Researchers in the Molecular Biophysics and Integrated Bioimaging (MBIB) Division have used a state-of-the-art cryo-transmission electron microscope to reveal the structure of a large protein complex crucial to photosynthesis, the process by which plants convert sunlight into cellular energy.More »
The Biosciences Area recently joined the California Air Resources Board, UC Berkeley, and UC’s Division of Agriculture and Natural Resources in co-hosting the California Bioresources Economy Summit, aimed at harnessing biotechnology to convert California waste streams from farms, forests, and landfills into valuable low-carbon fuels and products.
Associate Laboratory Director for Biosciences Mary Maxon keynoted the 2-day conference as it kicked off January 29 at the David Brower Center in Berkeley. In her presentation, Maxon noted that expansion of the $370 billion per year U.S. bioeconomy could create more than 1 million jobs while reducing annual carbon emissions by up to 450 million tons.More »
Mutations in the proteins that regulate cellular processes such as growth, division, and death are often linked to cancer and other diseases. The proper function of one of these proteins, SHP2, depends on maintaining equilibrium in a structural tug-of-war between an open (active) and a closed (inactive) arrangement. A team of researchers from Brandeis University performed X-ray crystallography at Advanced Light Source (ALS) Beamlines 8.2.1 and 8.2.2—part of the Berkeley Center for Structural Biology—to elucidate the structures of healthy and mutated forms of SHP2 and the dynamic interchange between their open and closed conformations, as well as how SHP2 interacts with certain cancer drugs.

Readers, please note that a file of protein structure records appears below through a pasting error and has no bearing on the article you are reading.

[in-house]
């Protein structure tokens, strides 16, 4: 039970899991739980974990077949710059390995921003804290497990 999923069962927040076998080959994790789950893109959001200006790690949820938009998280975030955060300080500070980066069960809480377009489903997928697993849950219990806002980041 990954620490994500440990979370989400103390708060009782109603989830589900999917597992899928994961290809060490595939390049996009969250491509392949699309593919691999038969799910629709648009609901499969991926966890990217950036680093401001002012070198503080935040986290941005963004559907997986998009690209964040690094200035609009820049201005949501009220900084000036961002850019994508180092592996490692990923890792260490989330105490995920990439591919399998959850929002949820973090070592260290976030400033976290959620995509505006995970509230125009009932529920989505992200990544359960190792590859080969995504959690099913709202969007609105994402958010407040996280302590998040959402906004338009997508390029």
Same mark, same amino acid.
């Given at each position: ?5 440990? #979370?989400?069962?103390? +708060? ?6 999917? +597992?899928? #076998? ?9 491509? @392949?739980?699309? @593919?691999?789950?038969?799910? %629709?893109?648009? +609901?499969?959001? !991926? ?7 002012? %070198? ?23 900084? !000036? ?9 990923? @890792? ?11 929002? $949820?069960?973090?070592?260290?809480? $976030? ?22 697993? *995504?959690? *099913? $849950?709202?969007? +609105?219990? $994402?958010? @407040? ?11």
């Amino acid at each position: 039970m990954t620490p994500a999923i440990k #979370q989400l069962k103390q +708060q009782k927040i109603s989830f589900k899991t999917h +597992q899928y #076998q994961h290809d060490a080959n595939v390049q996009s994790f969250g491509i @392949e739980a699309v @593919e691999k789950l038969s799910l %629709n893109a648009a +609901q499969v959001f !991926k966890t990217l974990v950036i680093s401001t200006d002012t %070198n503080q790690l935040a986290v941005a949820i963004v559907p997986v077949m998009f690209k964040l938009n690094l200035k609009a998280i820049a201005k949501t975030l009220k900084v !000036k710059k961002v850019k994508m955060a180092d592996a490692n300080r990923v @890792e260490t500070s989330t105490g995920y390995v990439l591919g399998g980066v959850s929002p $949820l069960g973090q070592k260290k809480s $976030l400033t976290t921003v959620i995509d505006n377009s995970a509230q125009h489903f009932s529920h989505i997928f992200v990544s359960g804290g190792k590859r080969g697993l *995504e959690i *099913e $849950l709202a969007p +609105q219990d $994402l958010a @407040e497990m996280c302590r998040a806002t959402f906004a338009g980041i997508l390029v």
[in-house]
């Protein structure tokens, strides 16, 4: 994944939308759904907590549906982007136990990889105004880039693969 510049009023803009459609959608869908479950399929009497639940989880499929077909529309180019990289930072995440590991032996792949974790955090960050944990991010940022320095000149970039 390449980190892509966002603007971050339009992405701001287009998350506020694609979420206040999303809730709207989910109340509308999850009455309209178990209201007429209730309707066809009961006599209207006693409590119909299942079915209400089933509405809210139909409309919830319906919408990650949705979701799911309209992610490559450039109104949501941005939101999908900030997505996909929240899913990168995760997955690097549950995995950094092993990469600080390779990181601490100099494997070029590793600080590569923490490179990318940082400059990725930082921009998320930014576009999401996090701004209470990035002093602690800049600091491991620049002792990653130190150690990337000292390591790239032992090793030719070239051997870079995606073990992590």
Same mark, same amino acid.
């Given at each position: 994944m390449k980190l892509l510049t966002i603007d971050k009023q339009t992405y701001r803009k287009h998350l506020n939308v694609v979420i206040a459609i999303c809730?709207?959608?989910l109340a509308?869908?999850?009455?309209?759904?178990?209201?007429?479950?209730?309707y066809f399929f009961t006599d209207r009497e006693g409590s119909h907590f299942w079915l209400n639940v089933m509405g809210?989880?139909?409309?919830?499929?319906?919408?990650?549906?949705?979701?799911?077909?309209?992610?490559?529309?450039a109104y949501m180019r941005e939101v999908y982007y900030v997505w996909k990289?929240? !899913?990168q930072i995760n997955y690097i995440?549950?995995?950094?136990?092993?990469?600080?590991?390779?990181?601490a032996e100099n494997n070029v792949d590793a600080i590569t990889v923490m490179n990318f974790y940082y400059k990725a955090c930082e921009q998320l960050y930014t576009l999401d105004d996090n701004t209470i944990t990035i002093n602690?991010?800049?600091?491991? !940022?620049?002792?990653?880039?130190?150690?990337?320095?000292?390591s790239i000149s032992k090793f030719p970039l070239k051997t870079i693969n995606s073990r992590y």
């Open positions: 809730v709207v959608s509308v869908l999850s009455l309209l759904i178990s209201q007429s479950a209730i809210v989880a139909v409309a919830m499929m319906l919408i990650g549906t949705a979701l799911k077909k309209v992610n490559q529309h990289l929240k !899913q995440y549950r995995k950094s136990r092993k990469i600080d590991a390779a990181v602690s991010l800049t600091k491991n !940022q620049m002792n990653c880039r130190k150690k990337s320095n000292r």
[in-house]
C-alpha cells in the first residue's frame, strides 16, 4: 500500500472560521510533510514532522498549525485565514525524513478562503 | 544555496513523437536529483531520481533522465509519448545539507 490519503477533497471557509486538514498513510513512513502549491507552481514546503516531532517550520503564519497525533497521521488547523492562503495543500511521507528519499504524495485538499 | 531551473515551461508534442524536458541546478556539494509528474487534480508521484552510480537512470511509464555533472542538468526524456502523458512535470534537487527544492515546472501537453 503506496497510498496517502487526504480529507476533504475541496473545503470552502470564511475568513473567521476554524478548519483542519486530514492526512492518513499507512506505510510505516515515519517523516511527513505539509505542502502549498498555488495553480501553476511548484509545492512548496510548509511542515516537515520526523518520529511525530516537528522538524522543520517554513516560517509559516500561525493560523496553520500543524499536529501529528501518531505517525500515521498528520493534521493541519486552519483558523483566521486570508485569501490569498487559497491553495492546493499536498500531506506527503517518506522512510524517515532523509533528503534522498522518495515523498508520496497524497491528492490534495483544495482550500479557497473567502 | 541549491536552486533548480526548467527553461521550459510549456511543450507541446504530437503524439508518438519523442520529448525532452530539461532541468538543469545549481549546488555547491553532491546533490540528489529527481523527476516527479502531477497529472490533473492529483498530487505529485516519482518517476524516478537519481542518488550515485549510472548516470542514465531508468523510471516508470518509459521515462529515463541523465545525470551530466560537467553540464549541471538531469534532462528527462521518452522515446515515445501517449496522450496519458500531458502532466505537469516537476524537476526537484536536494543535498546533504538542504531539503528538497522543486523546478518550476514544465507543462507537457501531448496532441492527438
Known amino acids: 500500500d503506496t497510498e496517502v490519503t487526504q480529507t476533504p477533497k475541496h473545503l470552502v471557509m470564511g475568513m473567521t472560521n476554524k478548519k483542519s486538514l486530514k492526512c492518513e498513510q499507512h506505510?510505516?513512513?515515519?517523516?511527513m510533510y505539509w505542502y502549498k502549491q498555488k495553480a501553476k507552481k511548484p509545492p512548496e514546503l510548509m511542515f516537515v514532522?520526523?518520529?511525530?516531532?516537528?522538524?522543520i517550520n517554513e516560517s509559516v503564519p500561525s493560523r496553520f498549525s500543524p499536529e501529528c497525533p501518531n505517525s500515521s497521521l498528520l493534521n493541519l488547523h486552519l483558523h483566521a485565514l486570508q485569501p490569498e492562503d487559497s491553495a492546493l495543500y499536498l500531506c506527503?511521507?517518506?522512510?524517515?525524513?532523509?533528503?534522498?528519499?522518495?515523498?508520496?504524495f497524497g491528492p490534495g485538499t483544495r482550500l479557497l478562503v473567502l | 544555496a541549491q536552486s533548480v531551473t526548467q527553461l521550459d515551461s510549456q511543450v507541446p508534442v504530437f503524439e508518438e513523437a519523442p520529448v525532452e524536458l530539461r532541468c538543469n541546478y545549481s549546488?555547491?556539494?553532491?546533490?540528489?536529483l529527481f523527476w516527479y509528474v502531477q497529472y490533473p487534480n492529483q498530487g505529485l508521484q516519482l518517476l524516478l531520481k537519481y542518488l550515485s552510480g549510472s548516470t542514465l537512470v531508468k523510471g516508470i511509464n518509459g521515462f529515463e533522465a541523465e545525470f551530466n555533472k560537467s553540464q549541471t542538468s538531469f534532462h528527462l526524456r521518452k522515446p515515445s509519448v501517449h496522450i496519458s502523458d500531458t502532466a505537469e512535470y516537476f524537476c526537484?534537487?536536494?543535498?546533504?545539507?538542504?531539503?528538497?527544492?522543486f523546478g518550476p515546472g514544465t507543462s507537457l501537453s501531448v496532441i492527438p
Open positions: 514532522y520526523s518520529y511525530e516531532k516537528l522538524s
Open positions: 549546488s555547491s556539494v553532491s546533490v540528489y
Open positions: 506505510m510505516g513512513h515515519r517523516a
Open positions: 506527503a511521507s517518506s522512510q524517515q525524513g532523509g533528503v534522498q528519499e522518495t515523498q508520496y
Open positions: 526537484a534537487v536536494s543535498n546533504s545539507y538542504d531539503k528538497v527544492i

Read more in this ALS Science Highlight.
When researchers report developing a more efficient solar cell, or a technique that improves drug delivery, one of the inevitable follow-up questions they face is, “When will this be available to consumers?” In recent years, attempts to bridge the distance from lab bench to market have been promoted for researchers committed to seeing their work be applied to real world situations at universities, national laboratories and other institutions.
One such program is Fed Tech, launched in 2013 as part of the National Science Foundation’s Innovation Corps (I-Corps) program. Trent Northen and Peter Andeer, scientists in the Biosciences Area’s Environmental Genomics & Systems Biology (EGSB) Division at Lawrence Berkeley National Laboratory (Berkeley Lab), were part of the Fall 2018 cohort of Fed Tech Start-Up Studio, which culminated with a Pitch Day in late November. With entrepreneurs Rick Kjellberg and Jayan Rammohan, they were among 20 teams that participated in the eight-week program.More »
Within each cell of the human body, thousands of molecular machines are at work. They transport nutrients and biochemicals into and out of our cells, build other tiny machines, and even move our cells around. To understand how these molecular machines work, scientists create three-dimensional pictures using electron cryomicroscopy (cryo-EM), catching these machines in different shapes that give insight into their function. Now researchers at Berkeley Lab and their international collaborators who write and distribute the Phenix software suite have developed a new set of computational tools for automated structure determination from cryo-EM data.More »